When I was a child, my family would often go on hikes across Dartmoor, that glorious hilly wilderness in the south-west of England. One of my favourite pastimes on these trips was spotting the ruins of old villages, tucked under heather; these, I was told, were settlements that had been abandoned in the 14th century when the Black Death swept through Europe, killing between 30 per cent and 60 per cent of the population.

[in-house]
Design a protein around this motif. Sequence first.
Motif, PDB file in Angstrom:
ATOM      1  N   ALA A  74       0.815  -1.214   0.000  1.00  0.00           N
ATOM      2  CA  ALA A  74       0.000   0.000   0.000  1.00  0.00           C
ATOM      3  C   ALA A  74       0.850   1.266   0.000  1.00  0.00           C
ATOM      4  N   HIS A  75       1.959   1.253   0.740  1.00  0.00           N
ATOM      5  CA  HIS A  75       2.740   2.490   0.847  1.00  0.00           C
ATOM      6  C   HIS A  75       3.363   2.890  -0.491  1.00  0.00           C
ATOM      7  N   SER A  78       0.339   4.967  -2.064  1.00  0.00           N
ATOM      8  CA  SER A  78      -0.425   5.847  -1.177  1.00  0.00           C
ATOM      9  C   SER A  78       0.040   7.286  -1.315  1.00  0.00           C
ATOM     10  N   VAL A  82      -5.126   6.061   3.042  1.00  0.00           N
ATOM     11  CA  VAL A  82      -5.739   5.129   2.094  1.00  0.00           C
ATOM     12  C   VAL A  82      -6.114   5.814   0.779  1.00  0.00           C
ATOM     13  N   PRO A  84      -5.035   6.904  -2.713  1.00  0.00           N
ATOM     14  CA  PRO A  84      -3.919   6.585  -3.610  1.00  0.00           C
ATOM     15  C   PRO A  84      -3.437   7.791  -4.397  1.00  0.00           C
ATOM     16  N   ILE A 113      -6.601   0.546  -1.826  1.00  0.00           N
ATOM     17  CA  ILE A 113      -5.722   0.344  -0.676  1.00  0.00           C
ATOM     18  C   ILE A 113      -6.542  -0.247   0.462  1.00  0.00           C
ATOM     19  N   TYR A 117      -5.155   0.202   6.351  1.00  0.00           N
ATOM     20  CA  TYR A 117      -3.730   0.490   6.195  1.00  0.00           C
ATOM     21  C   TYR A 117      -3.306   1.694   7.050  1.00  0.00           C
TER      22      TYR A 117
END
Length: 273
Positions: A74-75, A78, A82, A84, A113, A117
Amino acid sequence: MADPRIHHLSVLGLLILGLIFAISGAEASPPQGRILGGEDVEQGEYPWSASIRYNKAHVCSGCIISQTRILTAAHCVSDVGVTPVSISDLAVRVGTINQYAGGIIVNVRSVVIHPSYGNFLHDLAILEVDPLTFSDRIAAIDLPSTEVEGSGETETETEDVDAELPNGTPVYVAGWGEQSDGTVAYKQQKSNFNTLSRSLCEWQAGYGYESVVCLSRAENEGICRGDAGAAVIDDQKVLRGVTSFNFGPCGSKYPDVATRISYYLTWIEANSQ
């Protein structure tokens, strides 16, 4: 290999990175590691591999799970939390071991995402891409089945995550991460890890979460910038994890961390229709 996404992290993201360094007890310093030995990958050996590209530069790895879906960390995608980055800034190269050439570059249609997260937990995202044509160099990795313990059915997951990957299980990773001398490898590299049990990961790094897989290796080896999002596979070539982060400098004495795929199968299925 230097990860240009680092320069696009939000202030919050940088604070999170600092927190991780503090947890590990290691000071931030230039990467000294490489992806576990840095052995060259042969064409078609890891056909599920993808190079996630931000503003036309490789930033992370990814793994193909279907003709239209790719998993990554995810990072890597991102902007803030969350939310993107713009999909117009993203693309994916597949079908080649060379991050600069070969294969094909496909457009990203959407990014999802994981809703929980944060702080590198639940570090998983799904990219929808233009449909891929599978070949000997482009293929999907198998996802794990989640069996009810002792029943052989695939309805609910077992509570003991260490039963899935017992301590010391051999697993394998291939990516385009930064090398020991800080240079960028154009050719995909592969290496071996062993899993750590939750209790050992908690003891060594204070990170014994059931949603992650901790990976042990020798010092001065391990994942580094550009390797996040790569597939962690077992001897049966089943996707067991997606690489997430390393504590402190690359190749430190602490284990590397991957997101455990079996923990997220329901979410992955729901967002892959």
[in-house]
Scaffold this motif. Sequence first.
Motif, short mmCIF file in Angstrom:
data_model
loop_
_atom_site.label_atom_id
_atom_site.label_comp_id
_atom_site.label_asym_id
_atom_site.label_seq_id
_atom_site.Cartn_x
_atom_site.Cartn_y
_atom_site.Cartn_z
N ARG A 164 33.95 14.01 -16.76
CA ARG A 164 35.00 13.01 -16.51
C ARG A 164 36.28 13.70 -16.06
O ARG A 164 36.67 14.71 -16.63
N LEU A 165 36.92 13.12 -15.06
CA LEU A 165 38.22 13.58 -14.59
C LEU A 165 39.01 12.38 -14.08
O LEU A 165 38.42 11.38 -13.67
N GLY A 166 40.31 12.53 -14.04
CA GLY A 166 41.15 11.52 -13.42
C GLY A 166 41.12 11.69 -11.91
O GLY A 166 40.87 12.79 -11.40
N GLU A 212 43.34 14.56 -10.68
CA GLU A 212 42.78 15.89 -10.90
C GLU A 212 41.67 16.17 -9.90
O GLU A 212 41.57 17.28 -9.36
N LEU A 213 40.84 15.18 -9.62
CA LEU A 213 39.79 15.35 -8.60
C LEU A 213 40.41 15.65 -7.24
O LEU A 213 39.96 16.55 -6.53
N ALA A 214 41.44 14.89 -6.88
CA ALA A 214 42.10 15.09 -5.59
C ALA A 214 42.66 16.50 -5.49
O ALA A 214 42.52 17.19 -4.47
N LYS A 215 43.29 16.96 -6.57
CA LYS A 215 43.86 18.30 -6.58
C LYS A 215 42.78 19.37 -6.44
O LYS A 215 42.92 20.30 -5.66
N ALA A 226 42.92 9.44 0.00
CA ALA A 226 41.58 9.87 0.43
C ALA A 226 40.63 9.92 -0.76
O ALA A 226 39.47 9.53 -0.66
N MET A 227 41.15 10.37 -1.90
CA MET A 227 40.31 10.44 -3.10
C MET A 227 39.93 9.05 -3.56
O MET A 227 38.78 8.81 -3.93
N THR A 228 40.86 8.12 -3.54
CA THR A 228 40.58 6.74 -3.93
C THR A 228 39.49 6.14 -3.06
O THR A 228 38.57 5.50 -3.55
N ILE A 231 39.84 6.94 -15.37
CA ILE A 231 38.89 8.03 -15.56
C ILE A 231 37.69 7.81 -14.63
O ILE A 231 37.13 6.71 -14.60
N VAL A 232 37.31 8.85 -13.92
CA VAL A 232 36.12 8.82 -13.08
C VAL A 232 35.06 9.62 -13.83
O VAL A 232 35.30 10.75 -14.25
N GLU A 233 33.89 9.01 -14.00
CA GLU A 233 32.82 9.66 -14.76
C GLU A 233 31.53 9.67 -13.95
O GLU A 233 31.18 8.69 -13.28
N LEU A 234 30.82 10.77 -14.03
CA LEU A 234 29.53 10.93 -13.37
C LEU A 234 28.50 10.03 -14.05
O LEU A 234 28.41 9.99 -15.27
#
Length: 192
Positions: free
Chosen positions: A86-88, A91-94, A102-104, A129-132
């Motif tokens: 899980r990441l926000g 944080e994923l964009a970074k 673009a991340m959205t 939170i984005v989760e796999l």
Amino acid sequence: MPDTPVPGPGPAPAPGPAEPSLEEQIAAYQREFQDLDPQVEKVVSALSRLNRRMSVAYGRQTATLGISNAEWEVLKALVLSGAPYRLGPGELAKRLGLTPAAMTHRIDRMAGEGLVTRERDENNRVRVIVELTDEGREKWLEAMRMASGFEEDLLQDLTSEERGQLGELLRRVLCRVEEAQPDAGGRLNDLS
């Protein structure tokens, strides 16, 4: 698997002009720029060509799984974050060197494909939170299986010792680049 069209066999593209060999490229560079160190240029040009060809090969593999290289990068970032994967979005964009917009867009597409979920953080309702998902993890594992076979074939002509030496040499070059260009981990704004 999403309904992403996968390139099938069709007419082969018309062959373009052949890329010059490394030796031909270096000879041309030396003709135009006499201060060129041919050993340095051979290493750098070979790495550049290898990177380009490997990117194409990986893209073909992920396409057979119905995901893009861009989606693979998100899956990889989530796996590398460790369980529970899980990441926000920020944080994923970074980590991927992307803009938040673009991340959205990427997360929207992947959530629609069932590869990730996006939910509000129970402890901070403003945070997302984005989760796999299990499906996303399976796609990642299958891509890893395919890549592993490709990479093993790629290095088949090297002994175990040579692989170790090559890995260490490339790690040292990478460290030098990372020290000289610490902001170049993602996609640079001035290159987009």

It was a haunting memory; so much so that when I recently took one of my daughters riding in the same hills, I pointed out the stones and explained they were a small monument to the horrors of pandemics.
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